No. This would be our most common question! No one can force you to sell your home. Financially, for many the home is their main asset and, by selling, it can often provide the ability to pay lump sum fees and leave residual proceeds. However if other assets are available or the option to rent is agreeable these too can assist in meeting your fee requirements.
For those that have a ‘protected person’ or spouse remaining in the home, the home value will not come in to play in determining your fees. This often means fees can be met via other assets and will enable the home to remain.
Yes. If you choose to pay your entry fee as a lump sum and have no fees deducted from this, the RAD paid will be 100% refundable when the resident leaves the facility.
The gifting rules that apply to Centrelink also apply to Aged Care. In the event that a gift of more than $10,000 was made or transferred this will be treated as the original owner's asset for up to 5 years. Generally speaking, the need for care does not provide a time frame to make substantial gifts that will not be assessed by Aged Care. If you do decide to make a gift over $10,000 your fees will be determined based on you still having the gifted asset.
This is a hard question to answer and will depend on individual circumstances. For those who are a member of a couple they will have their status changed to ‘Separated Due to Ill Health’. This can often provide an increase to both pension’s due to a higher asset and income threshold applying.
For single recipients of Centrelink, any lump sum paid to a facility under a RAD agreement would result in that value being an exempt asset and may provide an increase to the payment.
For those not in receipt of Centrelink, making a RAD payment can often provide an opportunity to reduce assets to enable a future pension entitlement.
You have up to 28 days following the date of admission to determine your payment method, RAD / DAP or a combination of both. However it’s important to note, interest will start accruing on any agreed Entry fee / RAD from day one. This can be a very costly exercise if you have the funds available to make the RAD payment. The interest rate is set by the Government which is much higher than bank deposit rates. To avoid a fee ‘surprise’ after 28 days make sure you understand what this cost will be prior to permanent entry.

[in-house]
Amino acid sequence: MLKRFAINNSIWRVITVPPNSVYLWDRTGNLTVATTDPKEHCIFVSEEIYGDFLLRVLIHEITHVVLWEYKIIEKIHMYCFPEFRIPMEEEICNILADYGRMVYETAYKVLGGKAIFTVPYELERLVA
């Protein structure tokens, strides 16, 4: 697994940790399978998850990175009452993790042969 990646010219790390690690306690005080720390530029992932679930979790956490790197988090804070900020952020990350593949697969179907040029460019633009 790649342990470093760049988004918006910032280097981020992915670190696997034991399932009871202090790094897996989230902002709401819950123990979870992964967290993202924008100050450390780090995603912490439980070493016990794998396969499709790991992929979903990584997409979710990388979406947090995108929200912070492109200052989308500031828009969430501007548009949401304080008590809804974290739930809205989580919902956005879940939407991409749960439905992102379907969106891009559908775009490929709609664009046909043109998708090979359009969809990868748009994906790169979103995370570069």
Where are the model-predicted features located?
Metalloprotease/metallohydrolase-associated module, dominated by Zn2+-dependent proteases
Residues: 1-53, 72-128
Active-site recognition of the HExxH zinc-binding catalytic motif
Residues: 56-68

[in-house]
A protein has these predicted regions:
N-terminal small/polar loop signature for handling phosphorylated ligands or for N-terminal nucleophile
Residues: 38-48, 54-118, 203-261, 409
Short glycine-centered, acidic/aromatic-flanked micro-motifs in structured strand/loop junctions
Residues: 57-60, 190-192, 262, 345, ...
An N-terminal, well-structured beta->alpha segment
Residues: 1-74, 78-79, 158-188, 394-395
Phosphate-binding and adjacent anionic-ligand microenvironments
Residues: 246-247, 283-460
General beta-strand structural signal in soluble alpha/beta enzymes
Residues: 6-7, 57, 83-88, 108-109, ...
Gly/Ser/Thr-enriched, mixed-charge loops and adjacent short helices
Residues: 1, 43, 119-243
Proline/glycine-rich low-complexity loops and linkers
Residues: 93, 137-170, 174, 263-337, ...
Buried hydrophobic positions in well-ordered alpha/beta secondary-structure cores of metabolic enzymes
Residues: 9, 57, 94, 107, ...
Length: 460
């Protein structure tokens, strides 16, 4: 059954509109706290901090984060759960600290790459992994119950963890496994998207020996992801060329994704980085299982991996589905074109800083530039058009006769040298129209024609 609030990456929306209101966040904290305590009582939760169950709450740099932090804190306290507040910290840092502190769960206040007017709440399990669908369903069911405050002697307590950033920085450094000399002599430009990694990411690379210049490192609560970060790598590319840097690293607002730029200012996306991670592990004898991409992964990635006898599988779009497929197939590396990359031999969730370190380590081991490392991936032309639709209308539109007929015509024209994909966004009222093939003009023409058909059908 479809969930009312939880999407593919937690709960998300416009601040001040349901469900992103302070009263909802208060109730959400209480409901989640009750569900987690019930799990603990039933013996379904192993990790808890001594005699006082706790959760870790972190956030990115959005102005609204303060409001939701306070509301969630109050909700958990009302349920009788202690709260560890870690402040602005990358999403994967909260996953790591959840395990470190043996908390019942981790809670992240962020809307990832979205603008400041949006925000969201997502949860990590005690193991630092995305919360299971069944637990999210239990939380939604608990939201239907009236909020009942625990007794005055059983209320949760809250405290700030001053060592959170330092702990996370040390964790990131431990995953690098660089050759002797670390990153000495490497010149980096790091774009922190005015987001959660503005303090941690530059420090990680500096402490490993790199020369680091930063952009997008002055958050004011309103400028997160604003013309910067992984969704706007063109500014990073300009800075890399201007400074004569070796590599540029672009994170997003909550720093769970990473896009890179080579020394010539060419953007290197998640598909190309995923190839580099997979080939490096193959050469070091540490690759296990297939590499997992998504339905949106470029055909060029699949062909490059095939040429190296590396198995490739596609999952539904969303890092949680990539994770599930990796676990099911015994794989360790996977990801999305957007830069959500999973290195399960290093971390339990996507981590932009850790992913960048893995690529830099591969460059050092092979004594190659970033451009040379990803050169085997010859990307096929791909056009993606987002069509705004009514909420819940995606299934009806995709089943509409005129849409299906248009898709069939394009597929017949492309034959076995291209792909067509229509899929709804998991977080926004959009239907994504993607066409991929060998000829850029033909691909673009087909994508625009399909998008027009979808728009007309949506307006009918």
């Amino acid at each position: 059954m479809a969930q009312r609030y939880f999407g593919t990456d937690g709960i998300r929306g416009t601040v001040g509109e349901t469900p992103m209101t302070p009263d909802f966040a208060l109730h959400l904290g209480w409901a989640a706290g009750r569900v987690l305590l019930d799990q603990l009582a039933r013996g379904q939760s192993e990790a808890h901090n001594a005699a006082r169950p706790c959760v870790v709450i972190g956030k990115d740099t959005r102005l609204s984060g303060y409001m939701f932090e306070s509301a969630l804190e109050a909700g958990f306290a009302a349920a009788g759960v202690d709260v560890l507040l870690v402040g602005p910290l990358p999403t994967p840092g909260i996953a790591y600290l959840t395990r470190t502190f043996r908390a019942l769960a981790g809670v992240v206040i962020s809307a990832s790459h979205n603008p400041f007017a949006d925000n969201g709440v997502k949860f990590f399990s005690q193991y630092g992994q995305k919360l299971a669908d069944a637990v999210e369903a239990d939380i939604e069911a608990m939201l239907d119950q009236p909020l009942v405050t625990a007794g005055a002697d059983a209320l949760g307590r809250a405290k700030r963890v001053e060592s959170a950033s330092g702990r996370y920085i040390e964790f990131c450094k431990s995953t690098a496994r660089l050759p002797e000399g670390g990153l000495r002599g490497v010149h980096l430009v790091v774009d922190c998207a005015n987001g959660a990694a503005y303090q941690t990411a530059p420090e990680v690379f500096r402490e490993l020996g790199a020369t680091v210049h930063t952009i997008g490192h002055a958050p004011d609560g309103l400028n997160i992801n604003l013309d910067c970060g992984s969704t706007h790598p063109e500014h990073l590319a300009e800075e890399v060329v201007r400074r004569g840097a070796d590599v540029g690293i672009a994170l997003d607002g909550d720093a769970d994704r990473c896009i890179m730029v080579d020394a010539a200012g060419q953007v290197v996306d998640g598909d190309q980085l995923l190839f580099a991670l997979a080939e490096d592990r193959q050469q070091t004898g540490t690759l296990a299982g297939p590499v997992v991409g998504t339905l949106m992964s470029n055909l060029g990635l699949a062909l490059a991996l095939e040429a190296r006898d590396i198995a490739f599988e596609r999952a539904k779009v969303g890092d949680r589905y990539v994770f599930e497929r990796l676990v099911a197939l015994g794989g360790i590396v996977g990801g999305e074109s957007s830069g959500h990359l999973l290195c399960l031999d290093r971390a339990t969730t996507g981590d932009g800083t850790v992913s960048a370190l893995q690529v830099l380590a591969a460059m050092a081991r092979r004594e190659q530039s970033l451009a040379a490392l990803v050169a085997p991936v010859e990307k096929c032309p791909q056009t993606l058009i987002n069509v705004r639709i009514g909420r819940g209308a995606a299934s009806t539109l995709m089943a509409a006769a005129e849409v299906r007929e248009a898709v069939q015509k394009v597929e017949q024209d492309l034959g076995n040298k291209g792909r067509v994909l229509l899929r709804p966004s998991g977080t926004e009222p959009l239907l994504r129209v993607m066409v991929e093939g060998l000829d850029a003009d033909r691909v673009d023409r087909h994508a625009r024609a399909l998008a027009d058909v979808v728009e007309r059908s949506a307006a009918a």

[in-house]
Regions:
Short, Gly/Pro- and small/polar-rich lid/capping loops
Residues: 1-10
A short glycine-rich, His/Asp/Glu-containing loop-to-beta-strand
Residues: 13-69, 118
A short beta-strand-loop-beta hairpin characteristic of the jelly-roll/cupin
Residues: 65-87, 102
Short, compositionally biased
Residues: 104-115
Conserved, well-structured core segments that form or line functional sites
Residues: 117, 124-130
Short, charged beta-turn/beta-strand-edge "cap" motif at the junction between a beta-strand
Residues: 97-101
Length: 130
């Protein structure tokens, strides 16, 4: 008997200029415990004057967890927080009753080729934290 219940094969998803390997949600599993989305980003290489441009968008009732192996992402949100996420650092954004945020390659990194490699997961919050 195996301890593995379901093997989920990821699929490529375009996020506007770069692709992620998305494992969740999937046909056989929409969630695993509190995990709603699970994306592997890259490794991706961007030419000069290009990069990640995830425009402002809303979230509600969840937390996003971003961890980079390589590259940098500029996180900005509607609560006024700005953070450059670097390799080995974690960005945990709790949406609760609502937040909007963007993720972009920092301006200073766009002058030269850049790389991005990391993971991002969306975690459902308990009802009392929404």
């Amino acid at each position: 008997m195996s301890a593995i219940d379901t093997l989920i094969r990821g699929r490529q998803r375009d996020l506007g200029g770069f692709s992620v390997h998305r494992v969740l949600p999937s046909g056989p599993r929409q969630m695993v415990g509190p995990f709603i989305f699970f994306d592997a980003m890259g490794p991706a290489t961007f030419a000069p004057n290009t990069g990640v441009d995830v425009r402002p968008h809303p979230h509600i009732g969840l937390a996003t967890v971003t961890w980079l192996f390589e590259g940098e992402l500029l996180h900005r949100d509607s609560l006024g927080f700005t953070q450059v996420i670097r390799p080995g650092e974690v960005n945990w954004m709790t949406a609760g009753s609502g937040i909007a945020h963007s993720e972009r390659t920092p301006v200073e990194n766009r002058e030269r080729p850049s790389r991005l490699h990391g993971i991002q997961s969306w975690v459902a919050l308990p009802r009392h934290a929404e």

The difference between a RAD and a RAC is that a RAC is the term used when a person who is receiving Australian Government assistance with their accommodation costs makes a ‘contribution’ towards their accommodation costs (with the Australian Government also making a contribution on their behalf). RAD is the term used when the person making the lump sum payment is not eligible for Australian Government assistance and is meeting the full costs of their accommodation on their own. The RAC, minus any amounts deducted (as agreed with the facility) is refunded when the residents leaves the aged care home – just like a RAD.
A Means Tested Care fee is a Government Fee charged as an extra contribution towards the cost of care that residents may need to pay, on top of the basic fee, subject to their income and assets. This is normally determined via a Government assessment, which is why your facility won’t advise of the fee. The fee is also reassessed quarterly and may change based on the income and asset assessment. It is important Centrelink are up to date with any changes in circumstances to ensure this fee is accurate.
If you are yet to receive confirmation of what your Means Tested Fee will be prior to entering a facility may use a nominal figure until they receive confirmation of the correct fee. This should be discussed directly with the facility. There are annual and life time caps that apply to this fee.
We can provide you with a Means Tested Care Fee estimate and the differences based on the fee options you are considering.
Yes you can. If you refuse to have your income and assets assessed, you will not be eligible for government assistance to pay towards your fee and accommodation costs. Centrelink will write to you seeking income and asset information regardless of your level of pension entitlement or if you are self-funded. If information is not provided, you can be asked to pay the maximum means-tested care fees, based on the cost of your care, as well as the maximum Entry fee advertised by the care facility.
For some people this is a likely scenario and the Australian Government has recognised this. Generally speaking, a level of Centrelink pension will be received and this will go towards paying the required fees. Alternatively, the resident may be required to apply for hardship assistance via the Department of Social Services Website.